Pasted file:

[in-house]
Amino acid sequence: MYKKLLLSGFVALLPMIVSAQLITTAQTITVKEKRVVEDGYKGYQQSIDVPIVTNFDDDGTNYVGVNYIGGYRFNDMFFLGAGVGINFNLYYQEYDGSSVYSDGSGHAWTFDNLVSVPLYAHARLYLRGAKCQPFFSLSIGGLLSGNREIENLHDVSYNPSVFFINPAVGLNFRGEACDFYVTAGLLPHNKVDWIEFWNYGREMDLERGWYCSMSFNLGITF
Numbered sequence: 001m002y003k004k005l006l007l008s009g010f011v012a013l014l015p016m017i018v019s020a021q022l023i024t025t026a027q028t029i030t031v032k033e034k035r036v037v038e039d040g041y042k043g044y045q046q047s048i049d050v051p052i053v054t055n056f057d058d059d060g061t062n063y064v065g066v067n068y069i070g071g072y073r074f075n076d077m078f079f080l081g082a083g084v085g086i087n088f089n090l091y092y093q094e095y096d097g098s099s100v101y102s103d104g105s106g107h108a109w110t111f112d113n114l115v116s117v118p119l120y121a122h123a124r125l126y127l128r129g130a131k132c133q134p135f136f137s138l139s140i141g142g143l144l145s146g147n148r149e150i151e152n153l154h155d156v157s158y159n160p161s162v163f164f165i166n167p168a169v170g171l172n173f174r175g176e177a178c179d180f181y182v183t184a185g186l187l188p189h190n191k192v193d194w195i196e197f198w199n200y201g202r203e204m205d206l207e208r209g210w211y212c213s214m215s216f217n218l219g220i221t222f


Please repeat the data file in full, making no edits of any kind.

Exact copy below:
[in-house]
Amino acid sequence: MYKKLLLSGFVALLPMIVSAQLITTAQTITVKEKRVVEDGYKGYQQSIDVPIVTNFDDDGTNYVGVNYIGGYRFNDMFFLGAGVGINFNLYYQEYDGSSVYSDGSGHAWTFDNLVSVPLYAHARLYLRGAKCQPFFSLSIGGLLSGNREIENLHDVSYNPSVFFINPAVGLNFRGEACDFYVTAGLLPHNKVDWIEFWNYGREMDLERGWYCSMSFNLGITF
Numbered sequence: 001m002y003k004k005l006l007l008s009g010f011v012a013l014l015p016m017i018v019s020a021q022l023i024t025t026a027q028t029i030t031v032k033e034k035r036v037v038e039d040g041y042k043g044y045q046q047s048i049d050v051p052i053v054t055n056f057d058d059d060g061t062n063y064v065g066v067n068y069i070g071g072y073r074f075n076d077m078f079f080l081g082a083g084v085g086i087n088f089n090l091y092y093q094e095y096d097g098s099s100v101y102s103d104g105s106g107h108a109w110t111f112d113n114l115v116s117v118p119l120y121a122h123a124r125l126y127l128r129g130a131k132c133q134p135f136f137s138l139s140i141g142g143l144l145s146g147n148r149e150i151e152n153l154h155d156v157s158y159n160p161s162v163f164f165i166n167p168a169v170g171l172n173f174r175g176e177a178c179d180f181y182v183t184a185g186l187l188p189h190n191k192v193d194w195i196e197f198w199n200y201g202r203e204m205d206l207e208r209g210w211y212c213s214m215s216f217n218l219g220i221t222f